At the expense of immense oppression, and terror activities like Lockebe.

Also, the no-fly zone was after the civil war broke out.

Admin Edit: Rule 2 Violation
#15257454
The OP article that noemon quoted wrote:
Foreign actors continue to operate undisturbed in support of their clients


I believe that this was the primary objective of that atrocity. To get foreign actors inside Libya to loot it. In the opinion of Western shareholders, all that oil money was being "wasted" on developing Africa under "that tyrant" Ghaddafi.

Patrickov wrote:Some "countries" just aren't ready for independence, I am afraid.


That's what multinational corporations would say about any nation state. They used to say that "certain humans" weren't ready for independence either, and kept them in chains for centuries.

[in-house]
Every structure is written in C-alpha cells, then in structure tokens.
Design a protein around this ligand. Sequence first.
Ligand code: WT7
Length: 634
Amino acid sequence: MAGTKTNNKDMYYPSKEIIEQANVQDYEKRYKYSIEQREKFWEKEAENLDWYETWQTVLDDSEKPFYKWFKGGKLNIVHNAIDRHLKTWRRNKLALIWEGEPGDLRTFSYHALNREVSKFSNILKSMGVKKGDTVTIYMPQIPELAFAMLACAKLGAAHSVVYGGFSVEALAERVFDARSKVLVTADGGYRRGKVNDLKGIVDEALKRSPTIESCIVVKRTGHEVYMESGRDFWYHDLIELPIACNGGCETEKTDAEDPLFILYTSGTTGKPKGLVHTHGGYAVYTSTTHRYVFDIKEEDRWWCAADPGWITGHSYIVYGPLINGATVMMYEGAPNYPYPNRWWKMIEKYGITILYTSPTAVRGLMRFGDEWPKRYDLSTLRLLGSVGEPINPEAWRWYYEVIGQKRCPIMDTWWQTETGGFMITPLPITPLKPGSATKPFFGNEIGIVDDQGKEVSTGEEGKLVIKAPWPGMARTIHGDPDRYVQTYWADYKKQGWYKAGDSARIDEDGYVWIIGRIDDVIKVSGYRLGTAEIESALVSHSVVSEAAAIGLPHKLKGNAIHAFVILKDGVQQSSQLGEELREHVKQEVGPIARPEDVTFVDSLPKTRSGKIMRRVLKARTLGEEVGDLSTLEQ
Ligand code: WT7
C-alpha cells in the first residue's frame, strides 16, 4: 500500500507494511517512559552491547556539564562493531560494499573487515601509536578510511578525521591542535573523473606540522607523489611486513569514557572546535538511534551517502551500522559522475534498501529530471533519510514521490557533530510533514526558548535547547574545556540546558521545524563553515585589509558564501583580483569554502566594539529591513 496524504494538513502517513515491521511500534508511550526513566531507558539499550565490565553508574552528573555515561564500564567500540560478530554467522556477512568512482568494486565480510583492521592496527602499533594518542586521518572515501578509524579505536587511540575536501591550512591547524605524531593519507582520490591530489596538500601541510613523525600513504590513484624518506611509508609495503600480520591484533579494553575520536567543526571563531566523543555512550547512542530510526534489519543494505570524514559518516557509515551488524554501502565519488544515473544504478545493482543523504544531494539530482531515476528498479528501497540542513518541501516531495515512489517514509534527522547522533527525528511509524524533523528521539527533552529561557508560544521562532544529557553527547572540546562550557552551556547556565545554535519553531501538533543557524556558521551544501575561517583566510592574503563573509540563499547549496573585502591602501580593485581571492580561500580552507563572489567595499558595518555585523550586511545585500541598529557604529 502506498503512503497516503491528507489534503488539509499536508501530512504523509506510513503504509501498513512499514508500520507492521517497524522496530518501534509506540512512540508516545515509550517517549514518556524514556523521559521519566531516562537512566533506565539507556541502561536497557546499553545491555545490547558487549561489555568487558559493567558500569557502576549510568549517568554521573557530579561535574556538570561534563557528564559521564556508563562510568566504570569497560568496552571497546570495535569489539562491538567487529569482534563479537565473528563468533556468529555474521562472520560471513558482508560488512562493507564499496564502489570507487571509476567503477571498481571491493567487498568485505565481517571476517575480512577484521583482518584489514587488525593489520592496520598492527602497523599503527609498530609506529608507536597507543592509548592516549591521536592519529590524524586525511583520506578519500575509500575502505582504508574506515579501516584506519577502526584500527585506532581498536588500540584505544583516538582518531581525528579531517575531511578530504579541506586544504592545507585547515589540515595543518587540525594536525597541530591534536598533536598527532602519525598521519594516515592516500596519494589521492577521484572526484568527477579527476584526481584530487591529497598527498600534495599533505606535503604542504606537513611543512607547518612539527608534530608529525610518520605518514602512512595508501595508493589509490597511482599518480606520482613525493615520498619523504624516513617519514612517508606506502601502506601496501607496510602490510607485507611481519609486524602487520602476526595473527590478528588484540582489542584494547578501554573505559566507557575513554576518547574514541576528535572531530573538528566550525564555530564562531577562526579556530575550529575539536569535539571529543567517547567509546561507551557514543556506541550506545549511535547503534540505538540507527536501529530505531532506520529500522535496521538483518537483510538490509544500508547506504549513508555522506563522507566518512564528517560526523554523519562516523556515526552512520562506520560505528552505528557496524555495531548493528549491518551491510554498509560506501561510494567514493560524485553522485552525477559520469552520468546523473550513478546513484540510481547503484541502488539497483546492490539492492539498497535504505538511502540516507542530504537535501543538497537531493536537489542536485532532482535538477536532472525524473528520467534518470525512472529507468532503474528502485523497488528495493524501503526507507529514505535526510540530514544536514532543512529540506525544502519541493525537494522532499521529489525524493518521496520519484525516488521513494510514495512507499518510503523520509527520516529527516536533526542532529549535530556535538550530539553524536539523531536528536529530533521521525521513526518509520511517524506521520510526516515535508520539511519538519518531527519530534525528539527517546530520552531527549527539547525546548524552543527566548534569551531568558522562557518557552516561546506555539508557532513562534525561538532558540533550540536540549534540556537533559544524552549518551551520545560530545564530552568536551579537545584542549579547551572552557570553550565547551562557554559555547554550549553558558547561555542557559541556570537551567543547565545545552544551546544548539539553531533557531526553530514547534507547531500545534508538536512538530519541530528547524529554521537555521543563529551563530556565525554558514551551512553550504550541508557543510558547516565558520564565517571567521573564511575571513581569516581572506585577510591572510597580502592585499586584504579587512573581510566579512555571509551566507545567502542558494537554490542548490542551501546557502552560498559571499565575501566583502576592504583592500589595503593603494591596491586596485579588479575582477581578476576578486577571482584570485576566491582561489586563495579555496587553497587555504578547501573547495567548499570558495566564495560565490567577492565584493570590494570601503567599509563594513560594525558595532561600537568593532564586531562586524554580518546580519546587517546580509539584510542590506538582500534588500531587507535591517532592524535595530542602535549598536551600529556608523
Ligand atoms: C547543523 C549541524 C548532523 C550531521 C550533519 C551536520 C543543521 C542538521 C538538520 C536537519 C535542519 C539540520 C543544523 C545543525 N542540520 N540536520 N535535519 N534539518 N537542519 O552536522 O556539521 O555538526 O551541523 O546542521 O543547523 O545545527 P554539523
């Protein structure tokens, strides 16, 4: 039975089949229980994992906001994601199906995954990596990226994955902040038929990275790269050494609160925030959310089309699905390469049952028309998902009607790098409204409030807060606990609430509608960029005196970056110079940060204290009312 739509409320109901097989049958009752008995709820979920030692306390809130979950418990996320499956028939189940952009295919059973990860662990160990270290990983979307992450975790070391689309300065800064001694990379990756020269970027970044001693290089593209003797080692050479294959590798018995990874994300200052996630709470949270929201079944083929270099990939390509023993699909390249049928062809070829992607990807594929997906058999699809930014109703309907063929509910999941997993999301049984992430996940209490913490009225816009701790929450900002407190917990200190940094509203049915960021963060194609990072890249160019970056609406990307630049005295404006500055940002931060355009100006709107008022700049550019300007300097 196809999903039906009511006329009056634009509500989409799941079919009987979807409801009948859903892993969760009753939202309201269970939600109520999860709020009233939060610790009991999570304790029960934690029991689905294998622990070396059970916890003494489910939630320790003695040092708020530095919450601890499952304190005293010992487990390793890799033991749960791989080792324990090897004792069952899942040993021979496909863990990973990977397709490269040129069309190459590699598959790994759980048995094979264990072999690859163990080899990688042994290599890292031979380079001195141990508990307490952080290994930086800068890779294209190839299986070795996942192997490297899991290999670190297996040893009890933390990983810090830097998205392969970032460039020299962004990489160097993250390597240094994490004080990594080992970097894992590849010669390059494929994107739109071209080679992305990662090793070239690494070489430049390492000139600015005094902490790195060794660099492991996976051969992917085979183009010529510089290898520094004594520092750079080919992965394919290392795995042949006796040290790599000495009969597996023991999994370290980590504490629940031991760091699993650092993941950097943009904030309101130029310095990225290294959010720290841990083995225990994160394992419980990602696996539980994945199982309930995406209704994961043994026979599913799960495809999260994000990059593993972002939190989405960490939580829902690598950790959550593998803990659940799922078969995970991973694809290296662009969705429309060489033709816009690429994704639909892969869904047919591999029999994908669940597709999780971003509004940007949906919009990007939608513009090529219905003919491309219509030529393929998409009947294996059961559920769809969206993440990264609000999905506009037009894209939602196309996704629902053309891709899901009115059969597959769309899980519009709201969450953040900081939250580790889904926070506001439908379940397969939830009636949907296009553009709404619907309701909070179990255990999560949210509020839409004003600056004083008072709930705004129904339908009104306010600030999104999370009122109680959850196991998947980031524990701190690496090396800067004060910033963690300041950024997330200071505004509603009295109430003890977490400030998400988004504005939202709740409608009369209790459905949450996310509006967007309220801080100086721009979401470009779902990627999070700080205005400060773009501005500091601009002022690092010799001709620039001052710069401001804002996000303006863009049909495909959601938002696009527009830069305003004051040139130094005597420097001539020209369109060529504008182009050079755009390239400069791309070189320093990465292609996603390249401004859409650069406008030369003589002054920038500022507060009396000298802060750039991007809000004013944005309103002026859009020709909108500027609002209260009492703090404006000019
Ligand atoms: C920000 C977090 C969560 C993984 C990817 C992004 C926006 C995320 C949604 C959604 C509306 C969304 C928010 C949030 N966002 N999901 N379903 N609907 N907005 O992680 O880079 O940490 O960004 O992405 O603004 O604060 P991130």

Question: Are multinational corporations the authority that should decide who is ready for independence?
User avatar
By noemon
#15257471
QatzelOk wrote:I believe that this was the primary objective of that atrocity. To get foreign actors inside Libya to loot it. In the opinion of Western shareholders, all that oil money was being "wasted" on developing Africa under "that tyrant" Ghaddafi.


No westerner forced Qaddaffi to fire live rounds on the crowd of Libyan protesters and throw his country into chaos thus turning the whole country into open season for everyone.

The west/US is back seat in Libya. The GNA(controlling less than 1/3 of Libya) is supported by Turkey and Qatar, the LNA(controlling 2/3 of Libya and the only duly elected Libyan parliament before the revolution) by Russia, Egypt, UAE, France & Greece.